Jason Stipp: You do run some global and foreign funds and one of the things that Morningstar looked at in the not-too-distant past was the amount of money that S&P 500 or so-called domestic companies got from overseas. So as an investor when I am thinking about why I should own a global fund or a foreign fund, I may think I am already getting some exposure to overseas markets by owning Procter & Gamble, for example, what's the argument for me to seek out a dedicated foreign fund?
John Calamos: Well, you know, I think we are in a period--we are at an inflection point in the way investors are thinking, and I think U.S. investors in particular need to think more globally than ever before. You are exactly right. In fact in our domestic U.S. growth, we look at companies that have more revenues coming from outside the U.S., because they are not just U.S. companies; they are global companies. But to ignore other parts of the world that have great companies, you know, would be not wise. So in our international growth fund, we are finding good companies all over the world. And that I think is going to be more important going forward.
It really plays to one of our themes that maybe I should have mentioned earlier is what we look at when we think about global investment, we look at countries that are creating a middle class. What made America great was its middle class and as that expanded, so did GDP, so did prosperity.
While we are seeing that happening all over the world, how do you take advantage of it, how did you take advantage of China's 250 million dollar middle class growing enormously, India and other parts of the world like that, and what companies are really playing to those themes.
So I think we need to think more globally than ever before, and our international fund helps investors that maybe are domestically based pretty much to say, OK, I need some exposure to non-U.S. great growth companies and that's what our international growth fund tries to do.
Stipp: OK. Sort of to follow up on the same theme of the international and the domestic, there is lot of talk and lot have been written about this new normal environment that's supposedly going to bring a lot slower growth to some countries. And I think a lot of folks have kind of moved over into emerging markets, for example, to try to capture perhaps a little more growth than they perceive that they would be able to get domestically.
What's your take on that split between slower growth in some areas, bigger growth in others and if emerging markets offer better growth prospects, are they priced for you to really be able to take advantage of that?
Calamos: Good question. And I think again with the theme of thinking much more global, it gives us opportunities to focus on different areas where growth is really occurring. The present environment to me feels very much like what I went through in the 1970s and early '80s, really very difficult economic environment, commodity prices were going up, we had government issues, all those things going on.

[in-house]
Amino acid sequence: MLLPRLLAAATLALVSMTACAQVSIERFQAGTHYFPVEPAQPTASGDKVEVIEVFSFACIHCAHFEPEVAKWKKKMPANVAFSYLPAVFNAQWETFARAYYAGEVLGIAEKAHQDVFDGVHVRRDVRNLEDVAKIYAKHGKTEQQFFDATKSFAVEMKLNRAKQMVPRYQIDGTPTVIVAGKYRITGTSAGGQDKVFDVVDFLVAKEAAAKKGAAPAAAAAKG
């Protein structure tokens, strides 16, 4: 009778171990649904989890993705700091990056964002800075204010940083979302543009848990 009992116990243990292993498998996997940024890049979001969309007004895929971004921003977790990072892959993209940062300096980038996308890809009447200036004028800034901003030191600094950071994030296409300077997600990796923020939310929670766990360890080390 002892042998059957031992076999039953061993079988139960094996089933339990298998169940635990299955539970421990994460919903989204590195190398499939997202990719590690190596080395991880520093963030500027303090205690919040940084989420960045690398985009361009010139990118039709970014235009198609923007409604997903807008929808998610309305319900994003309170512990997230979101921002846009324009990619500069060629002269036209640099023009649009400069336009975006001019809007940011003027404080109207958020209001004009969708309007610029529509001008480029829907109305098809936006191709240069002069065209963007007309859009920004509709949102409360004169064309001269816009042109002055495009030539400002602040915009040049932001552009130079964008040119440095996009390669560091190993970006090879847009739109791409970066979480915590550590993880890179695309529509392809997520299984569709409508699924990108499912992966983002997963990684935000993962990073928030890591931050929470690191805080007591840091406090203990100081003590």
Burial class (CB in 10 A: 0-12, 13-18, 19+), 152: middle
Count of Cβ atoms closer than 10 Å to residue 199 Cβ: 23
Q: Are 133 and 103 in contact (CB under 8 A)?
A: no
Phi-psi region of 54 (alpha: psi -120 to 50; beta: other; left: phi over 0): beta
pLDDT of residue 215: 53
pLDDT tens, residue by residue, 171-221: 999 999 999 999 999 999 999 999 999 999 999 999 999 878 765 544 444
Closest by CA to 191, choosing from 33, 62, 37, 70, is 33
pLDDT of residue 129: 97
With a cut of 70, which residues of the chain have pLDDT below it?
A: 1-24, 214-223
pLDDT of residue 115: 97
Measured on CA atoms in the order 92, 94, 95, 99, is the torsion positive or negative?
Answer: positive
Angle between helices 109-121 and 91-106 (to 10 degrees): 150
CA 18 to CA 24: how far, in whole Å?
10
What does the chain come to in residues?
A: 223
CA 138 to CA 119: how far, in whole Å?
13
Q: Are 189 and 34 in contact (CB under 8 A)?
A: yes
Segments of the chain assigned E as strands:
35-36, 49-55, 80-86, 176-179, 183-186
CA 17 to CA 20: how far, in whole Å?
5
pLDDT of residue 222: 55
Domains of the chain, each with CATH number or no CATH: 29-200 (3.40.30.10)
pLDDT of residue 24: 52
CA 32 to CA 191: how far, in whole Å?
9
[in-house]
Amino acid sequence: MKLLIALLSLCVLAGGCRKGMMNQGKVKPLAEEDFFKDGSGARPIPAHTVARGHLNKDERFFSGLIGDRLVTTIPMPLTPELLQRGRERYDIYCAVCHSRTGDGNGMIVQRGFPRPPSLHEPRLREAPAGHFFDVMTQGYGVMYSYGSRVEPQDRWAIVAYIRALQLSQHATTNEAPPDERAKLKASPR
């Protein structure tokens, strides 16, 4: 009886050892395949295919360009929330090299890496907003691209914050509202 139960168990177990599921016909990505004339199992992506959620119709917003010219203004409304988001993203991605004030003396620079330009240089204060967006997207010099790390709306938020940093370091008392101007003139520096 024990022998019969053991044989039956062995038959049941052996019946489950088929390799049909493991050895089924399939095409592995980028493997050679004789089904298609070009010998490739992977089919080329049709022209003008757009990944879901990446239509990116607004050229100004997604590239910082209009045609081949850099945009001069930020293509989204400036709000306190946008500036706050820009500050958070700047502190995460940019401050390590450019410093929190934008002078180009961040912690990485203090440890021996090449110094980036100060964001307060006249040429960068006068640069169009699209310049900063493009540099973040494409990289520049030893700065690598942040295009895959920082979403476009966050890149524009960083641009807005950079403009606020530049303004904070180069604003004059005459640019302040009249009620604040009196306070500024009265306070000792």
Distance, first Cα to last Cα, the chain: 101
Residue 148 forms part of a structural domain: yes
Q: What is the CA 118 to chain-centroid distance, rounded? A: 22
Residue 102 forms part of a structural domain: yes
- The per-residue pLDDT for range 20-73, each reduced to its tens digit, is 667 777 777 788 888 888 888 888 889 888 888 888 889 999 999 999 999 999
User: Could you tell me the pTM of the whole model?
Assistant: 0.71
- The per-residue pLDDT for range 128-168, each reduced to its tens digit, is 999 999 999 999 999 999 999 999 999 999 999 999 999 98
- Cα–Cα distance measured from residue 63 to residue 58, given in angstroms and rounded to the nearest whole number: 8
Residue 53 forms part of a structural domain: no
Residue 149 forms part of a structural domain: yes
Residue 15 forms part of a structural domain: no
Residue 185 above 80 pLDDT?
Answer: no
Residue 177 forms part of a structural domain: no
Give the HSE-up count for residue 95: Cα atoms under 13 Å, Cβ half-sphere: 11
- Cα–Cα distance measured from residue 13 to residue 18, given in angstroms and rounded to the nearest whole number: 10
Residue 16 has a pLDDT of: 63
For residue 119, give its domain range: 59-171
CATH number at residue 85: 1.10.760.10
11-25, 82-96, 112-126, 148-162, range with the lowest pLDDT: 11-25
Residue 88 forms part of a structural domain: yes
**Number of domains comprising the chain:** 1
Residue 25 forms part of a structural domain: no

But what we didn't have back then was the ability to invest outside the United States, and because of that, the ability to invest outside the United States is really a check on bad government policy. So when you think about the landscape, the world, to invest in, some countries are going to make a bad government policy and some are going to make the right government policy. Well, where do you want to invest. And that's going to change from time to time.
We have obviously a lot of focus on Greece, bad government policy, the market punishes that. Well do you want to invest there now? You want to go where there is a better government policy, and that's what we are looking for.
I think as far as the emerging markets in those, there is a lot of momentum to them, and you have to be careful about price momentum, because momentum pushes prices in and people buy in momentum, but we think fundamentals trump momentum, so we want to not only look at the momentum factors, but really be comfortable with the price.
What's interesting about the emerging markets that I think a lot of people have missed is they are no longer emerging; they are here. You know, I think the phrase "emerging" was very relevant years ago, but now emerging markets represent 35% of global GDP; stocks in emerging markets only represent 12% of the total global stocks, so people are underinvested in those emerging markets.
So, we continue to look at those, but having said that, you want to be very bottom-up on what you are investing in, and just not buying the asset class, and being very specific. But we are seeing a lot of opportunities in there, and there is a lot of challenges in all those markets, but there always has been.
Stipp: Sure. Thanks for your insights. It is very fascinating. It is a pleasure speaking with you today.
Calamos: My pleasure as well. Thank you, Jason.
Stipp: For Morningstar, I'm Jason Stipp. Thanks for watching.